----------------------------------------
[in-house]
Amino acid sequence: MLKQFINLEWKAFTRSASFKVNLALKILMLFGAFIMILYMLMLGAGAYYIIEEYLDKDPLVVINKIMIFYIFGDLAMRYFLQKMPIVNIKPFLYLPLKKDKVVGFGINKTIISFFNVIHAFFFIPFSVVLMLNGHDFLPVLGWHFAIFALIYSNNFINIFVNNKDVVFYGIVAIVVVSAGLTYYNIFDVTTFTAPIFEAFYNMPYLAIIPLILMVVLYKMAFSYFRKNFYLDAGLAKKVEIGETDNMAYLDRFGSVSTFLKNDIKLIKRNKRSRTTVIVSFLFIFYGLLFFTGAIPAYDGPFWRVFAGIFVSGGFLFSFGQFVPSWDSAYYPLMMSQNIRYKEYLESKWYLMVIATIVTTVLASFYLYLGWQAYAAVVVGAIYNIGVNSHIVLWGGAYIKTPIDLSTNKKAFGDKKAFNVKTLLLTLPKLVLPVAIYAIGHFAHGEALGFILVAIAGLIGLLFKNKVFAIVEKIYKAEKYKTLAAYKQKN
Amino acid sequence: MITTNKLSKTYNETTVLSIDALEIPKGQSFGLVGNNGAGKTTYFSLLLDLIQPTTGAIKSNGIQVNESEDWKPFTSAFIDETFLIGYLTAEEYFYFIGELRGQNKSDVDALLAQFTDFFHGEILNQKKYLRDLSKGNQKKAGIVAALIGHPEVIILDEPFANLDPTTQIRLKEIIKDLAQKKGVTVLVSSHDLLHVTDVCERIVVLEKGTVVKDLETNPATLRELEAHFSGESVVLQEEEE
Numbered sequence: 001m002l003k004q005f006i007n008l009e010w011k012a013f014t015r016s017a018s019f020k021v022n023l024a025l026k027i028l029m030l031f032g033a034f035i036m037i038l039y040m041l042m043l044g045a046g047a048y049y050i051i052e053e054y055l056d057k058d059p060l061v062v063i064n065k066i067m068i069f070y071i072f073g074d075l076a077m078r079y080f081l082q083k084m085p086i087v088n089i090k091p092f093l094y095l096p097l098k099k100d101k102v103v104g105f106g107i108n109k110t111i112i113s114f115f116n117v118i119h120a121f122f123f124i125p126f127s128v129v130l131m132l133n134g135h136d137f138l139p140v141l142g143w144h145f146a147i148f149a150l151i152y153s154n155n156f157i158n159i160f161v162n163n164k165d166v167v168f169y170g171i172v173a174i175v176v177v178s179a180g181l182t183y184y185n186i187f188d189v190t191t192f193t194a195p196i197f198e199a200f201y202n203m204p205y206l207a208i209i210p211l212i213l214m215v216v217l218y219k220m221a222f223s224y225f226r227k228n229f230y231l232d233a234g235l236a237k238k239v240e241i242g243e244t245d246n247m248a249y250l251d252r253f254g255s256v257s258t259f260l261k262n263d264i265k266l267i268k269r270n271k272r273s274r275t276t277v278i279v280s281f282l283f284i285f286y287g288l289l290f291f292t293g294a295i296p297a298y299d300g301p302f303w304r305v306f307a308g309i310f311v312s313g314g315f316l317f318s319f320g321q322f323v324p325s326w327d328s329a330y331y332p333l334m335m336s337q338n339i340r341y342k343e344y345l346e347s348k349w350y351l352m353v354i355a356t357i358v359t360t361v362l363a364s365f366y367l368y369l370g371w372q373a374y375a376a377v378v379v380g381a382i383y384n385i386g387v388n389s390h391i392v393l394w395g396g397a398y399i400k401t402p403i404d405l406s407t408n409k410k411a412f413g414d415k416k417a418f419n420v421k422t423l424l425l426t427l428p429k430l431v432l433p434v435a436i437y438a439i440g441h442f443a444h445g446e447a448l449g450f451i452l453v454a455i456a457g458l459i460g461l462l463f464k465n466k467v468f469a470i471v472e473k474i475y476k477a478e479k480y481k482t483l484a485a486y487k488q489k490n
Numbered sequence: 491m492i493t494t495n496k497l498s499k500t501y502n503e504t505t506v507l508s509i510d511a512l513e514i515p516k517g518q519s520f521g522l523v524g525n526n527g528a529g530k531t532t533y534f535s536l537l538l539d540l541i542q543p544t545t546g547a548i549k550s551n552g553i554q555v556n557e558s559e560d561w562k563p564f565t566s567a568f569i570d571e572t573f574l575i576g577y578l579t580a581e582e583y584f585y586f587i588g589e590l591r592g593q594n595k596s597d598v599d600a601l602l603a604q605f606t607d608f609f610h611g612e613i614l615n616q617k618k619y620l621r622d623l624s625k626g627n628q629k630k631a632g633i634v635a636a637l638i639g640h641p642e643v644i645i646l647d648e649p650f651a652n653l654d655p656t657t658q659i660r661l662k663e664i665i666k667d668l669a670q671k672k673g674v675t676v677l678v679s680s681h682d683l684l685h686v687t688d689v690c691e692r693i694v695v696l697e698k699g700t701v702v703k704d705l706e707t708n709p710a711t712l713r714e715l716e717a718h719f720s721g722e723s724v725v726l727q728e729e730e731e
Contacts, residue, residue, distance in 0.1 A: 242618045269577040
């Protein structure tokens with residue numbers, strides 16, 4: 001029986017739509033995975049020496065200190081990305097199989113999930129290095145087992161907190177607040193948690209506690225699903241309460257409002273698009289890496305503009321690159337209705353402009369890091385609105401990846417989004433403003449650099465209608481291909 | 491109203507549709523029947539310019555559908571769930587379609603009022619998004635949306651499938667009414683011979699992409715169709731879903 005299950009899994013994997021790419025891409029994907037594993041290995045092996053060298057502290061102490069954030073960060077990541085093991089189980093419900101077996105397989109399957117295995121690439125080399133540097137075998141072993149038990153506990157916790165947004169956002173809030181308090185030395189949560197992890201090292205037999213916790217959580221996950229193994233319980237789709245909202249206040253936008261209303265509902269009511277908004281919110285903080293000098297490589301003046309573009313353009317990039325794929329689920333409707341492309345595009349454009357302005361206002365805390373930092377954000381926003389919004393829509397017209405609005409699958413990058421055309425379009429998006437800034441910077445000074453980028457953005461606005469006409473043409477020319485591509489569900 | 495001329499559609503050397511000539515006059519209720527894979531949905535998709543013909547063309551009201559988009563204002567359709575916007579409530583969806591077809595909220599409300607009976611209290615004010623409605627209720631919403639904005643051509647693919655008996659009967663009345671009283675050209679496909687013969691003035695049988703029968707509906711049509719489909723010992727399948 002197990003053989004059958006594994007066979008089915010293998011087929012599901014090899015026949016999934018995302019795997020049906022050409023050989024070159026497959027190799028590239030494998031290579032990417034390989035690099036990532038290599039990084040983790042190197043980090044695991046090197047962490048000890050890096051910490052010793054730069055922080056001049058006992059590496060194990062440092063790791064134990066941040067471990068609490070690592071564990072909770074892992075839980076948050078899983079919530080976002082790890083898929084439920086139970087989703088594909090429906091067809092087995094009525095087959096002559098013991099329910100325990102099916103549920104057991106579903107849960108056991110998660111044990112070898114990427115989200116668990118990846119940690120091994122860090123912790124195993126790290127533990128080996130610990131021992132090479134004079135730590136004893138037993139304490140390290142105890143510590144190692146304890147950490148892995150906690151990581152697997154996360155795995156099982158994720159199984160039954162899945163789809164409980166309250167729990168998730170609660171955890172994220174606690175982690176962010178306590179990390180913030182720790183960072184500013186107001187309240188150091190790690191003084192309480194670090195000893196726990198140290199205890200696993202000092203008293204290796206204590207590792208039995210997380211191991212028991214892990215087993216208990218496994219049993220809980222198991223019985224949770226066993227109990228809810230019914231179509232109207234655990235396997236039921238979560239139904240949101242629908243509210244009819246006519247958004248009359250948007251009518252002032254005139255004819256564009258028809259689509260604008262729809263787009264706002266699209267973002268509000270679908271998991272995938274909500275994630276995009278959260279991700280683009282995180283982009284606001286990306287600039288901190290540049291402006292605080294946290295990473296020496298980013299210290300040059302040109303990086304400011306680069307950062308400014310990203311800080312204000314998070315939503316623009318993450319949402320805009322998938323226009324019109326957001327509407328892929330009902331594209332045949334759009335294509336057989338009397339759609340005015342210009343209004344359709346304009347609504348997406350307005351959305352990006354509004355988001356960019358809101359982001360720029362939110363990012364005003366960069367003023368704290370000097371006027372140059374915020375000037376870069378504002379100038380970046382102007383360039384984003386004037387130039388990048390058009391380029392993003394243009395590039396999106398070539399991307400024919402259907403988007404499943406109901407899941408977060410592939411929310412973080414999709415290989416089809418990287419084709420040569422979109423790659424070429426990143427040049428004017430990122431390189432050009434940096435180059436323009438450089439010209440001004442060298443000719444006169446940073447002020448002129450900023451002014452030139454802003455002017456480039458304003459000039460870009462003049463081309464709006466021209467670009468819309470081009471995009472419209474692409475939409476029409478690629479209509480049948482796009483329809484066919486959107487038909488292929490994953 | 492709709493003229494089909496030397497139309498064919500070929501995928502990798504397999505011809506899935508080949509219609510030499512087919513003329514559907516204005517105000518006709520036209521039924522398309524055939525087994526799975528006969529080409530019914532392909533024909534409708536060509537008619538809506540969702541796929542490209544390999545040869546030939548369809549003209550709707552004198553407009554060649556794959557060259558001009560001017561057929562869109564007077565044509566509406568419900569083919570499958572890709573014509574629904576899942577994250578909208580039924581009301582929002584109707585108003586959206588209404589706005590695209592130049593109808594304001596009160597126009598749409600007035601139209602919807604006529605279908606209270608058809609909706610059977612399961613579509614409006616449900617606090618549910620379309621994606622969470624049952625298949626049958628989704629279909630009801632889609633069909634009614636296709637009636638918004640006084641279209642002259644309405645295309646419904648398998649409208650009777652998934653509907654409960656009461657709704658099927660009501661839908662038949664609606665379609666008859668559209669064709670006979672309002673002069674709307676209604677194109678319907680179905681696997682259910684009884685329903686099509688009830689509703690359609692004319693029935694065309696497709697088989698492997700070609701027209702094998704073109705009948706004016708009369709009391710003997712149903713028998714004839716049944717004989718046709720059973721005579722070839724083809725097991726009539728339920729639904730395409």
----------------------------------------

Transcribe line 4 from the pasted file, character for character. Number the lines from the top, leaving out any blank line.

Numbered sequence: 001m002l003k004q005f006i007n008l009e010w011k012a013f014t015r016s017a018s019f020k021v022n023l024a025l026k027i028l029m030l031f032g033a034f035i036m037i038l039y040m041l042m043l044g045a046g047a048y049y050i051i052e053e054y055l056d057k058d059p060l061v062v063i064n065k066i067m068i069f070y071i072f073g074d075l076a077m078r079y080f081l082q083k084m085p086i087v088n089i090k091p092f093l094y095l096p097l098k099k100d101k102v103v104g105f106g107i108n109k110t111i112i113s114f115f116n117v118i119h120a121f122f123f124i125p126f127s128v129v130l131m132l133n134g135h136d137f138l139p140v141l142g143w144h145f146a147i148f149a150l151i152y153s154n155n156f157i158n159i160f161v162n163n164k165d166v167v168f169y170g171i172v173a174i175v176v177v178s179a180g181l182t183y184y185n186i187f188d189v190t191t192f193t194a195p196i197f198e199a200f201y202n203m204p205y206l207a208i209i210p211l212i213l214m215v216v217l218y219k220m221a222f223s224y225f226r227k228n229f230y231l232d233a234g235l236a237k238k239v240e241i242g243e244t245d246n247m248a249y250l251d252r253f254g255s256v257s258t259f260l261k262n263d264i265k266l267i268k269r270n271k272r273s274r275t276t277v278i279v280s281f282l283f284i285f286y287g288l289l290f291f292t293g294a295i296p297a298y299d300g301p302f303w304r305v306f307a308g309i310f311v312s313g314g315f316l317f318s319f320g321q322f323v324p325s326w327d328s329a330y331y332p333l334m335m336s337q338n339i340r341y342k343e344y345l346e347s348k349w350y351l352m353v354i355a356t357i358v359t360t361v362l363a364s365f366y367l368y369l370g371w372q373a374y375a376a377v378v379v380g381a382i383y384n385i386g387v388n389s390h391i392v393l394w395g396g397a398y399i400k401t402p403i404d405l406s407t408n409k410k411a412f413g414d415k416k417a418f419n420v421k422t423l424l425l426t427l428p429k430l431v432l433p434v435a436i437y438a439i440g441h442f443a444h445g446e447a448l449g450f451i452l453v454a455i456a457g458l459i460g461l462l463f464k465n466k467v468f469a470i471v472e473k474i475y476k477a478e479k480y481k482t483l484a485a486y487k488q489k490n